Carville, San Francisco

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Carville horsecar in 1920

Carville, also known Carville-by-the-Sea, was an impromptu neighborhood in the late 19th and early 20th centuries in what is now the Outer Sunset District of San Francisco, California. Residents reused abandoned horsecars (horse-drawn trolleys) and, later, cable cars for housing and public buildings. Carville was located near the intersection of 47th Ave. and Lawton Streets,[1] just south of the western end of Golden Gate Park.


A remaining Carville house, photographed in 2018

In the 1850s and 1860s local San Francisco transit companies used horse-drawn railcars on city streets. The arrival of cable cars and electric streetcars spelled the doom of the equine-pulled variety.[2] In 1895 the Market Street Railway Company placed a newspaper advertisement in the San Francisco Examiner offering horsecars for $20 ($10 without seats). By September of that year the cars were already put to a wide variety of uses, including a backyard children's playhouse, a real estate office, a shoemaker's shop,[3] and a shelter for poor people in North Beach.[4] Colonel Charles Dailey had moved with his wife in 1893 to a hut on a plot rented from Adolph Sutro in the then-unsettled expanse of sand dunes near Ocean Beach. He rented a horse car from Sutro and in it opened "The Annex", a "coffee saloon", catering to day trippers taking the Park and Ocean Railroad out of the city to the beach and the Cliff House. This became the nucleus of a colony of former cars near the Great Highway, [5] especially after real-estate agent Jacob Heyman started advertising lots for $7.50 a month rental, $35 including two horse cars.[4] By 1897 the area had become known as "Carville-by-the-Sea" or simply "Carville".

Cars became both housing and businesses. Some were used singly, while other owners assembled as many as ten to make up multi-storied structures and U-shaped buildings with courtyards. These included St. Andrews by the Sea Episcopal Church, apparently made from North Beach and Mission line horsecars.[6] Even when the cars were subsumed into more conventional structures, their shape could often be detected from the inside.[7]

Carville attracted Bohemians as well as poor people. One Dr. Cross ran a clubhouse frequented by Jack London, Gelett Burgess, Xavier Martínez, and George Sterling among others, and a group of musicians ran one named La Bohème, which hosted touring visitors from New York's Metropolitan Opera. Heyman laid on a water supply from a well and by 1900 the rental price of a lot and two cars was $600.[4]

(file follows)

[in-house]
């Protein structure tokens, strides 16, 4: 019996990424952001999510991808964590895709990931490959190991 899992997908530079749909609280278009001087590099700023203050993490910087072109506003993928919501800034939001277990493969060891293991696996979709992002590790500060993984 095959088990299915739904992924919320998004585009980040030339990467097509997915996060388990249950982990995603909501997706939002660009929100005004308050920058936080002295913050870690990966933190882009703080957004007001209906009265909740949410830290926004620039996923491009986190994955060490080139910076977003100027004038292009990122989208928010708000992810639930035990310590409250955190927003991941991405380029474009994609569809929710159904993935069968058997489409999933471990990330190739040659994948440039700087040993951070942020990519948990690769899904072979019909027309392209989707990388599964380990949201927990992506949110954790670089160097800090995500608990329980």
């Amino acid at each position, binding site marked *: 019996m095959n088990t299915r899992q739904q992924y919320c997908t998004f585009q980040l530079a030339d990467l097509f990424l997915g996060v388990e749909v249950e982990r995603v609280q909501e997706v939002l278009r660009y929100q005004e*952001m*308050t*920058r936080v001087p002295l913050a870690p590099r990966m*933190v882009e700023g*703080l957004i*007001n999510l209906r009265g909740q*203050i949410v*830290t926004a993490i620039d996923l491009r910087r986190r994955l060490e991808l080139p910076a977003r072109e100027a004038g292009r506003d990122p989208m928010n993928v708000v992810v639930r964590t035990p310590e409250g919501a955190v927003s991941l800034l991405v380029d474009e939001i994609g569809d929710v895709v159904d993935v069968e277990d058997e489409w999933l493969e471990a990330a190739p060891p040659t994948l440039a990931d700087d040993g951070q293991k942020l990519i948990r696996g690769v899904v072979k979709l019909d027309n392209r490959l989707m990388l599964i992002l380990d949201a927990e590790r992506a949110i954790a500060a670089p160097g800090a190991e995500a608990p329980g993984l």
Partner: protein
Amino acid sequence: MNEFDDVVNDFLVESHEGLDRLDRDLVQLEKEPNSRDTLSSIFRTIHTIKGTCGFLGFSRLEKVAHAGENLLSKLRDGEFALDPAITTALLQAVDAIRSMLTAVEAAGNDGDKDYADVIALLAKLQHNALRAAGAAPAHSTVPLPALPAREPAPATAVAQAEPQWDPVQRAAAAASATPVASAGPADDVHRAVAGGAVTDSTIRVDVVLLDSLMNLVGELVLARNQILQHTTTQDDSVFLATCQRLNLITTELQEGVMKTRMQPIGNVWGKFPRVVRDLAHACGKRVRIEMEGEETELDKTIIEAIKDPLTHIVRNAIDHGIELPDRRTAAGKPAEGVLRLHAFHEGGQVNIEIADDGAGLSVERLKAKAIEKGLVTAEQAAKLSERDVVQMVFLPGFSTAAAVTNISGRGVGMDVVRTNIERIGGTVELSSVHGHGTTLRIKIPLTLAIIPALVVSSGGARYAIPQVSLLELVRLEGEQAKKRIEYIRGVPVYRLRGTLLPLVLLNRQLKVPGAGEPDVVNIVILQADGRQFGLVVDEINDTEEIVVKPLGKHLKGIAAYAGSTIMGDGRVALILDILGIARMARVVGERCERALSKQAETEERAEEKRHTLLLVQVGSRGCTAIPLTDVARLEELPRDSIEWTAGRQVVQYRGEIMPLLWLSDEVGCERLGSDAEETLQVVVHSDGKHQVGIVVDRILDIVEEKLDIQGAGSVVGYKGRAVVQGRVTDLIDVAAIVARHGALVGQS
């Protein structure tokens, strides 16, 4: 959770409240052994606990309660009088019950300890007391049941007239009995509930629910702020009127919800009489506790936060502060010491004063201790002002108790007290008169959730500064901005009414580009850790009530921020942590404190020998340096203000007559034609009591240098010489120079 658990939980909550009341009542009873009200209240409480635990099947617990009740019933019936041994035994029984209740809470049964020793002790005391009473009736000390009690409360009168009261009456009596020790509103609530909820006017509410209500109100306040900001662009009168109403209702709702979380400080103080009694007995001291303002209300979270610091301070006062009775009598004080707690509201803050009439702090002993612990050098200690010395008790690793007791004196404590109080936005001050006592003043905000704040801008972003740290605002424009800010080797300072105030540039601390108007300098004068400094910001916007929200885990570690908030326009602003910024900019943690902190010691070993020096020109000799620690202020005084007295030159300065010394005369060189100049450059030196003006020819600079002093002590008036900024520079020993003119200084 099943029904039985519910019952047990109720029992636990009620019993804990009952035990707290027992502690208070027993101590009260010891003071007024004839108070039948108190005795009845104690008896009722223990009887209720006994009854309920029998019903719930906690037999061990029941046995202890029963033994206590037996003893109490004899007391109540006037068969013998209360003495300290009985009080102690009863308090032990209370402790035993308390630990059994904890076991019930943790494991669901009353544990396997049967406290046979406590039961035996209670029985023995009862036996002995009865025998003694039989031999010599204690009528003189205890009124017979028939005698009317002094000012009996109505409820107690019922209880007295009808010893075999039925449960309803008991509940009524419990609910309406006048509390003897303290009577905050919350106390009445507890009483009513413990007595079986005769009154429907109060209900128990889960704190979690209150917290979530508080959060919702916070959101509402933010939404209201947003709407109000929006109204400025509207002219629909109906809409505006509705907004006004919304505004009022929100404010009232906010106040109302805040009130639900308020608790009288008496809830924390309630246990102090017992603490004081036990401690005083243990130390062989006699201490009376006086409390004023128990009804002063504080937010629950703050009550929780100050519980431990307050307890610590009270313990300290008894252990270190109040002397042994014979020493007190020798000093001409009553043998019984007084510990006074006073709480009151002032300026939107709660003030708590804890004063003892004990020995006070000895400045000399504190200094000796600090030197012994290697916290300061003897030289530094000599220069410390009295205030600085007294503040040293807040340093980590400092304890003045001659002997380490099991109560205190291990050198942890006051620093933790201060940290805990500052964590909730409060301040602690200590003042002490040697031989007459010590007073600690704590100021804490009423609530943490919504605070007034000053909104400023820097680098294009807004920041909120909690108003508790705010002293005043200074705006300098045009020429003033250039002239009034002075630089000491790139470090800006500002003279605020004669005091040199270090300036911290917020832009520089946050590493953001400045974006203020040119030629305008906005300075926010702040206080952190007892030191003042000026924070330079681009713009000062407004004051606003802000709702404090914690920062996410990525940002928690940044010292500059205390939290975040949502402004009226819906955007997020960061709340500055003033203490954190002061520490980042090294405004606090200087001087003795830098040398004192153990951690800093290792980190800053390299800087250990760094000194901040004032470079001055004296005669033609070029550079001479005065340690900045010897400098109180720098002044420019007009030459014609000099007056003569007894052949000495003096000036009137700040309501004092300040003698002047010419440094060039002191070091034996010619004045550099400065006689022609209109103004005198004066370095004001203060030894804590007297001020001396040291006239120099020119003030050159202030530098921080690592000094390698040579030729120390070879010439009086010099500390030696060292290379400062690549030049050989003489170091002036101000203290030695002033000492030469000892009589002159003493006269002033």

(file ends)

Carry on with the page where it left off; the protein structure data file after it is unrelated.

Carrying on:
The estimated population of Carville was 2,000 in 1900.[4] However, as San Francisco grew the once unwanted property surrounding and within Carville became desirable. The Oceanside Improvement Club adopted the motto "Make clean today by sweeping and burning up the debris of yesterday" and in 1913 held a ceremonial burning of four of the cars. Most of the neighborhood disappeared by the 1920s.[4]

While it is possible that a number of Carville-style structures still exist in the area, only one is widely known.[8]


  1. ^ Carville Photos,50&cmd=all&Id=120
  2. ^ Project, Western Neighborhods. "Streetwise: Carville".
  3. ^ San Francisco Examiner, September 22, 1895, p. 19.
  4. ^ a b c d e Gary Kamiya, "From S.F.'s past: a crazy car colony in the dunes", San Francisco Chronicle, July 19, 2013.
  5. ^ Cora M. Older, "People who live in cars", San Francisco Bulletin, July 11, 1896, p. 9.
  6. ^
  7. ^
  8. ^ Woody LaBounty, "Carville's Last Remnant", Outside Lands, December 2002.

External links[edit]

Further reading[edit]

  • Woody LaBounty, Carville-by-the-Sea: San Francisco's Streetcar Suburb, San Francisco: Outside Lands, 2009, ISBN 9780982346105.

Coordinates: 37°45′24″N 122°30′24″W / 37.75668°N 122.50676°W / 37.75668; -122.50676